I know people who would rather get a poke in the eye with a sharp stick than talk about sex with their partner. It’s an uncomfortable conversation. It has the potential of being confrontational. And we often don’t have the vocabulary we need to express ourselves well. So we avoid talking about sex all together.

But how will your partner ever know what you need or want, and how will you ever know what he needs or wants unless you communicate? Here are some suggestions to help you have a productive talk.

Marriage Counseling, Relationships, Couples Therapy

  • Pick your time and place. As with any sensitive conversation, you will want to choose a good time to talk about sex. You don’t need to make it too serious or formal, but give your partner a head’s up that you want to talk and what you want to talk about. Try not to make it sound menacing, like “I want to talk to you about sex.” Rather, try something like “I’d love to talk to you about how we can make our sex life even better. Let’s sit down with coffee on Saturday, okay?” You want to choose a neutral spot—like NOT in your bedroom—and a time when you’re not busy or stressed or preoccupied.
  • Plan what you’re going to say. You don’t need a PowerPoint presentation, but it’s good to have a sense of the main point you’d like to get across. There might be several topics you’d like to cover, but limit the conversation to the most important thing. You don’t want to overload your partner when the subject is as complex as sex and your relationship. Think about what your partner could do to increase the pleasure you get—and vice verse—before you broach the subject. It’s much more effective than voicing a vague dissatisfaction without a suggested remedy.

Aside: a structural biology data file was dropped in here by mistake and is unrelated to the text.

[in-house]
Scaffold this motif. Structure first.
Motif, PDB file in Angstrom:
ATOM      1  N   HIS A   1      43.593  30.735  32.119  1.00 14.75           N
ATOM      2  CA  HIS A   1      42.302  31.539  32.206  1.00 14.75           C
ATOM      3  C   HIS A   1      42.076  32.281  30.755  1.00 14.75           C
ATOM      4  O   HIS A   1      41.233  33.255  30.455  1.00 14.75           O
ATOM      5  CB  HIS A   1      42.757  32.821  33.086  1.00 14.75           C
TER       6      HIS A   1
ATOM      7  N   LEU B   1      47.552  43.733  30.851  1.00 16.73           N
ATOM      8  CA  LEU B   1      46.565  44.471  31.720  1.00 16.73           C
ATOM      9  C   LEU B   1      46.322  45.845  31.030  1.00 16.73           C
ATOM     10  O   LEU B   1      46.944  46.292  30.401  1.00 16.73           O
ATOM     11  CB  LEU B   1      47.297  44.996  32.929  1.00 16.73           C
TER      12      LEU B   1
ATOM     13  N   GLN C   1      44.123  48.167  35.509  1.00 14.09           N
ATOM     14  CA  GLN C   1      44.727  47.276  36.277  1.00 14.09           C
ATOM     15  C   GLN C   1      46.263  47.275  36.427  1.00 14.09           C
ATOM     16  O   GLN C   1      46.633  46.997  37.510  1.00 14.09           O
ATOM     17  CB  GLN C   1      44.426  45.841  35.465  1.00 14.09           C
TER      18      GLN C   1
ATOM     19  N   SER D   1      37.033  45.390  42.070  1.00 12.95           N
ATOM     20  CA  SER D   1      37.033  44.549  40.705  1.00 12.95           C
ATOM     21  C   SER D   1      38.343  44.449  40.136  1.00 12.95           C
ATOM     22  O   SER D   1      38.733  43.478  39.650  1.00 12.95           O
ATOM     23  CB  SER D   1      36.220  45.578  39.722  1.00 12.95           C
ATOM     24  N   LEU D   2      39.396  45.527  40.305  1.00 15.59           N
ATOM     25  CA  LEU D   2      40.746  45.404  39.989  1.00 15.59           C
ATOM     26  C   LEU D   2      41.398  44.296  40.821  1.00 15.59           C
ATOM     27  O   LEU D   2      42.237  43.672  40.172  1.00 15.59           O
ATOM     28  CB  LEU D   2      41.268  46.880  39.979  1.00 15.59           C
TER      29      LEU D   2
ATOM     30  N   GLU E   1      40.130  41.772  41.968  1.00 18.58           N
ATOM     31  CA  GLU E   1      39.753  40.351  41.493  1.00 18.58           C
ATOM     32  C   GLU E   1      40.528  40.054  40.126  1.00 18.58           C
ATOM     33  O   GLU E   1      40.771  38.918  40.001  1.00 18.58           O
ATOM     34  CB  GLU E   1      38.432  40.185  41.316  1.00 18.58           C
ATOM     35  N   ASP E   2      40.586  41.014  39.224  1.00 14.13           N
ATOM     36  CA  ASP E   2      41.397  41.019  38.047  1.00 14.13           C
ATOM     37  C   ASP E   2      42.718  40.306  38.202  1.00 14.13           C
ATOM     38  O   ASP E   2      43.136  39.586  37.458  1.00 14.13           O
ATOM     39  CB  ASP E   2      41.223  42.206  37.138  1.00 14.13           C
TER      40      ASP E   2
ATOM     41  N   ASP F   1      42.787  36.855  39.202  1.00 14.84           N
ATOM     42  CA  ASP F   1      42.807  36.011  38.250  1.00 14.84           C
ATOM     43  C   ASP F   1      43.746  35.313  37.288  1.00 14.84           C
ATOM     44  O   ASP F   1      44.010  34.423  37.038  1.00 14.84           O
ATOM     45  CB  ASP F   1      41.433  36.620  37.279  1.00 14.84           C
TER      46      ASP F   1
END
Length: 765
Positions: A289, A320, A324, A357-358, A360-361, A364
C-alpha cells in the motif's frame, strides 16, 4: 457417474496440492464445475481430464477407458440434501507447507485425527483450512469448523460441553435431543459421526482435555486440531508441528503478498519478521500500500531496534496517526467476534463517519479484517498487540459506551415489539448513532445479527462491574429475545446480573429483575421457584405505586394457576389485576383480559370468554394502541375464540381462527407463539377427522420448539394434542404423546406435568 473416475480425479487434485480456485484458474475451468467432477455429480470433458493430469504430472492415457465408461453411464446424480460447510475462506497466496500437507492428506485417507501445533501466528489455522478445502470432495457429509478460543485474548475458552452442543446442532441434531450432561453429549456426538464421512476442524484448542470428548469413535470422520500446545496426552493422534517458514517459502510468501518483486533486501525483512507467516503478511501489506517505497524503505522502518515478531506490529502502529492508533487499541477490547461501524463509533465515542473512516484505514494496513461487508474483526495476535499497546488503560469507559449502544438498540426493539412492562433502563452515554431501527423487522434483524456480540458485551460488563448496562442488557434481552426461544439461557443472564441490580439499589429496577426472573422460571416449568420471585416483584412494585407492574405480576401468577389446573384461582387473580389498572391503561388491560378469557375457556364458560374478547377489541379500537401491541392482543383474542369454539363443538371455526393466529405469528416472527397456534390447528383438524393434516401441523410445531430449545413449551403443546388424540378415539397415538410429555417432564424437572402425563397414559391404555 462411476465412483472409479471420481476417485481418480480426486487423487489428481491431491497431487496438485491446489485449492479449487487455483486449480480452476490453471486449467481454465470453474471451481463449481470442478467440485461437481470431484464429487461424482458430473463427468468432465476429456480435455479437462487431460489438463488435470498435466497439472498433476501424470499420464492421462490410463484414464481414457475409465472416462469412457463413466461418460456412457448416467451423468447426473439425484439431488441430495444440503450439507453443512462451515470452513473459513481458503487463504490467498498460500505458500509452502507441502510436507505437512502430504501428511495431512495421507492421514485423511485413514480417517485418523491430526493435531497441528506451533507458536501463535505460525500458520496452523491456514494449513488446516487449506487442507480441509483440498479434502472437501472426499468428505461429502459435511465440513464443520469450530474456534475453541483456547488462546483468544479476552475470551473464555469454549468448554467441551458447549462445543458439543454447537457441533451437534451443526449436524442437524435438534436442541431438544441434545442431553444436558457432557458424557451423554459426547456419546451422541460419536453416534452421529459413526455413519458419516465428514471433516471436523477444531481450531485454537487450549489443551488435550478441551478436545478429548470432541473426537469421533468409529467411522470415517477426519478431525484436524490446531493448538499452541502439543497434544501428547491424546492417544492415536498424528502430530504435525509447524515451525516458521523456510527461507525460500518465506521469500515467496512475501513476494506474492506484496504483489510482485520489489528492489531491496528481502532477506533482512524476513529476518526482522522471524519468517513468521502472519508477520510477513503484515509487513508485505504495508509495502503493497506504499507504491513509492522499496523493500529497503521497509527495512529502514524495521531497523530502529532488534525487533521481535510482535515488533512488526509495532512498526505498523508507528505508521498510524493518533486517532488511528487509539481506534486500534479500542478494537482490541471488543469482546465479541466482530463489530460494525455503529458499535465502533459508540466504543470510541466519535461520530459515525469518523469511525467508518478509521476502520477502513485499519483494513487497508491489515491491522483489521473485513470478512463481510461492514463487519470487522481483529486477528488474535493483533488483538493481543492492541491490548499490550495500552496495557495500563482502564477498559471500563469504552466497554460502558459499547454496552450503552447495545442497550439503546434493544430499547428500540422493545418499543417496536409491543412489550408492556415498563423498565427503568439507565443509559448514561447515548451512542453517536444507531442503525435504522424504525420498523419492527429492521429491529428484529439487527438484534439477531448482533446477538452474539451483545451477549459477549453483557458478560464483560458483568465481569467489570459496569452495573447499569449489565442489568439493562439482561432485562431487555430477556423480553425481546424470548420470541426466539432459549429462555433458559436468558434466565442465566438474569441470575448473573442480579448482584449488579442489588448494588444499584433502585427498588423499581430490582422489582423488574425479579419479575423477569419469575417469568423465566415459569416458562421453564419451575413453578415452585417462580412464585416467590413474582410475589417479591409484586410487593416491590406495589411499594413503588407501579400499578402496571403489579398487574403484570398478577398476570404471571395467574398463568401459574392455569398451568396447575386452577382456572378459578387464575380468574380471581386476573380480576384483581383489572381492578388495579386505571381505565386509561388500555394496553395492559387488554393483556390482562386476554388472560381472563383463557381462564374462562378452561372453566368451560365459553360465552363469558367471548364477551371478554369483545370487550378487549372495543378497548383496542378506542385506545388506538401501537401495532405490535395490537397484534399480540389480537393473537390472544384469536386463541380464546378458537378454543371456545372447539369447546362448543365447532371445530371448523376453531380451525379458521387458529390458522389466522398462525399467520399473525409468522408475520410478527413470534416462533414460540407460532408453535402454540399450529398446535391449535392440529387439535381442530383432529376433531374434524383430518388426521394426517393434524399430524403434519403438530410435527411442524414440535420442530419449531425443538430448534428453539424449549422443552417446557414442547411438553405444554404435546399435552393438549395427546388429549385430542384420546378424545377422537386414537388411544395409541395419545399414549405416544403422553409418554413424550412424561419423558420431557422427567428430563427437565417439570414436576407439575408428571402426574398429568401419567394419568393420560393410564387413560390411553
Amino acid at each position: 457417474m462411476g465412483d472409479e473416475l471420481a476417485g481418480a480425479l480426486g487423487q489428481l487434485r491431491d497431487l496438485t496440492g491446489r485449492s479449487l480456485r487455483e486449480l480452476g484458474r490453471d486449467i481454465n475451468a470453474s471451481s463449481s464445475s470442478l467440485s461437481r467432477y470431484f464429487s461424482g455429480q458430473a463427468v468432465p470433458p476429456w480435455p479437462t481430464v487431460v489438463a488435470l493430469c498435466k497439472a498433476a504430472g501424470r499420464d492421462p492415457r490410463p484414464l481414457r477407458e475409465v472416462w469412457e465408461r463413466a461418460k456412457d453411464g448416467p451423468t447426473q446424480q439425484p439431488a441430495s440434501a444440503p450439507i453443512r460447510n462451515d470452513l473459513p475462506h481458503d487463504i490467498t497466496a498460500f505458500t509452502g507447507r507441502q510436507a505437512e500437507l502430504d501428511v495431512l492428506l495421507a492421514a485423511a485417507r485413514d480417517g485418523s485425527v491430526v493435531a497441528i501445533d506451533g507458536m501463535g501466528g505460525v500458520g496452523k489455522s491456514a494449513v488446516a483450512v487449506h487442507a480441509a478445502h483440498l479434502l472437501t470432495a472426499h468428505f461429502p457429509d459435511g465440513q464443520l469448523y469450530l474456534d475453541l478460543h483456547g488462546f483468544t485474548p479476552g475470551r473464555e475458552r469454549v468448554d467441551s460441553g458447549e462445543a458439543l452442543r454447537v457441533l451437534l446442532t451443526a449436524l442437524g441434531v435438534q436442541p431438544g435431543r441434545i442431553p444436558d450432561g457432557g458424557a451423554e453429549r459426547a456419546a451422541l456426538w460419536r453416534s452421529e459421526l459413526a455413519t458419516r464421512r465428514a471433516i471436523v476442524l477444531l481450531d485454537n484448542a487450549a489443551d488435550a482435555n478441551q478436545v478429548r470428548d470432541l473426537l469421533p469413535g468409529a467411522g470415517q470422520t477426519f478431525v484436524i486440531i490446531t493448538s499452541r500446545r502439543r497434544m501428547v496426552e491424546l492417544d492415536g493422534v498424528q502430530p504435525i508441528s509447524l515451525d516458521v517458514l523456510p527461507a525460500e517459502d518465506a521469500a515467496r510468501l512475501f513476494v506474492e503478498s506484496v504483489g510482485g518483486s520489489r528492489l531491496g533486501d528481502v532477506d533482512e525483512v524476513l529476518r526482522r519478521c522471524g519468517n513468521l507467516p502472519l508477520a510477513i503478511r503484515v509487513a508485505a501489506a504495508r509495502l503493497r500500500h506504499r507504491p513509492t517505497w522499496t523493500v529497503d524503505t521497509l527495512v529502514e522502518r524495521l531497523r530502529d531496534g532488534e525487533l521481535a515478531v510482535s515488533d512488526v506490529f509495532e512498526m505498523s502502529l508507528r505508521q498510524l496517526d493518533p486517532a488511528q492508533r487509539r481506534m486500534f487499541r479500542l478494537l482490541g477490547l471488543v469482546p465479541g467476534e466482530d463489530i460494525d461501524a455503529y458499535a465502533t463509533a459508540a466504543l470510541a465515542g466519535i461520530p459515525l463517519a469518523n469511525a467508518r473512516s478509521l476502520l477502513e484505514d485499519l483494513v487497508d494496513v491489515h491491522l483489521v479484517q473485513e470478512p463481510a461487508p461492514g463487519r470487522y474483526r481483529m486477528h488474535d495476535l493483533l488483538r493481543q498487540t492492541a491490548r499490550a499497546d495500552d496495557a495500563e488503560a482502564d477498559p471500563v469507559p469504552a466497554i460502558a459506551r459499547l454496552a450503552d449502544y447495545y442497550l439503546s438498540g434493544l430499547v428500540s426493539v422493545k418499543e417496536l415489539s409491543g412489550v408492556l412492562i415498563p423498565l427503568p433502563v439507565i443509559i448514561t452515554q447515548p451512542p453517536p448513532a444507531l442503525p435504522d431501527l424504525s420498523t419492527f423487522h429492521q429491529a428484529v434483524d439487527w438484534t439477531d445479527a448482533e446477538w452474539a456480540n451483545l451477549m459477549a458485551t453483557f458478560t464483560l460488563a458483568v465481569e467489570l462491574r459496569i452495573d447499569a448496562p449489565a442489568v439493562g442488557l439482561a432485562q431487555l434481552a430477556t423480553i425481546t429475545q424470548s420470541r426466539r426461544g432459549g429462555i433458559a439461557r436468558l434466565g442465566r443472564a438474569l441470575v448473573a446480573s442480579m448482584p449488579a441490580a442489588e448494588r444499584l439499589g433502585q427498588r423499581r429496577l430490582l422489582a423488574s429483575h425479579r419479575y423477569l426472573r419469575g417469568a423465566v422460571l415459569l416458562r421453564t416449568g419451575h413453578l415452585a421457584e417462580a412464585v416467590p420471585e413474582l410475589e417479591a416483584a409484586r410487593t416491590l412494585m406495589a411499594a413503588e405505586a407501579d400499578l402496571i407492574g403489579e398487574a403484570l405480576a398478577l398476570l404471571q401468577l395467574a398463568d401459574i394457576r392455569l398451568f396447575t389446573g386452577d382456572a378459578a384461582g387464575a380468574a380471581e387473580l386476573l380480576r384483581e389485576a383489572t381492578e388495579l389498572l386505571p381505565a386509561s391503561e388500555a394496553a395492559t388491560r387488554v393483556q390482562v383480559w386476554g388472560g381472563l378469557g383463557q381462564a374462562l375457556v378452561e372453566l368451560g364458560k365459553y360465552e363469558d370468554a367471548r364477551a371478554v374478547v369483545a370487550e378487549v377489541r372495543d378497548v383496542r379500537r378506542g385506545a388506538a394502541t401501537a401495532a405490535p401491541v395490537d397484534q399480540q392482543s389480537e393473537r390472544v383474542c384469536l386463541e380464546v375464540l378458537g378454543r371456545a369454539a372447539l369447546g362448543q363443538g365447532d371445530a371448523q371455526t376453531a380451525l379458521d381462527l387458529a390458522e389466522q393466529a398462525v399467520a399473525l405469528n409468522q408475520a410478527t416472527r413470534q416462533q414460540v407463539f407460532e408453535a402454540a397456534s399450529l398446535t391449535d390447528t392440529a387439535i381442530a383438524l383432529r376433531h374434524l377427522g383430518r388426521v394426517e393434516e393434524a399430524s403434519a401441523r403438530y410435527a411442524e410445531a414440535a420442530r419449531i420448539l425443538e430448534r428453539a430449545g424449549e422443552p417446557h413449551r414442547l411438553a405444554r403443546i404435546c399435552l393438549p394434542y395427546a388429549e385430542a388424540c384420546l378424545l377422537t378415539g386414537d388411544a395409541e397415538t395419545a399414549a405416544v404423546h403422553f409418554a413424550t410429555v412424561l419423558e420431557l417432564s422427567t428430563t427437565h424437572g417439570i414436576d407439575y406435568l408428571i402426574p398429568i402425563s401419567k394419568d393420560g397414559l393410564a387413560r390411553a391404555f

• Use the utmost tact. Part of the reason sex conversations are difficult is because you’re afraid of hurting your partner’s feelings, so instead of risking it, you say nothing at all. But if you speak honestly from the heart with the hopes of improving your sex life together, the risk is worth it. Start out by taking about something positive that you love about what your partner does—reinforce the good things. Try to refrain from complaining, like “I’m tired of having to initiate sex all the time.” Instead, make tactful suggestions, like “I’d love it if you would take the initiative sometime. I think it would really turn me on.”
  • Explore some topics. To get a better understanding of your partner’s wants and needs—and therefore a better idea of how you can have a better sex life—you need to know the basics. When is your partner at his sexual peak? Maybe it’s not at night but during the day. How does he respond to when you initiate sex? Would he rather be the one? What, specifically, does he find seductive? Does it matter if you dress in revealing lingerie? Is he more likely to feel like making love when you use your words or use your touch? How often is it good for you to have sex? Once a week? Every day? Once a month? There’s no right answer except what’s comfortable for both of you. What movements or acts or rhythms give you the most pleasure?

Once you open up to your partner, you’re likely to find you’re both more receptive to better sex. And that can only enhance your relationship.

Nancy Travers is an Orange County Counseling professional. If you need safe, effective counseling services, please get in touch. You can reach her here: https://nancyscounselingcorner.com/contact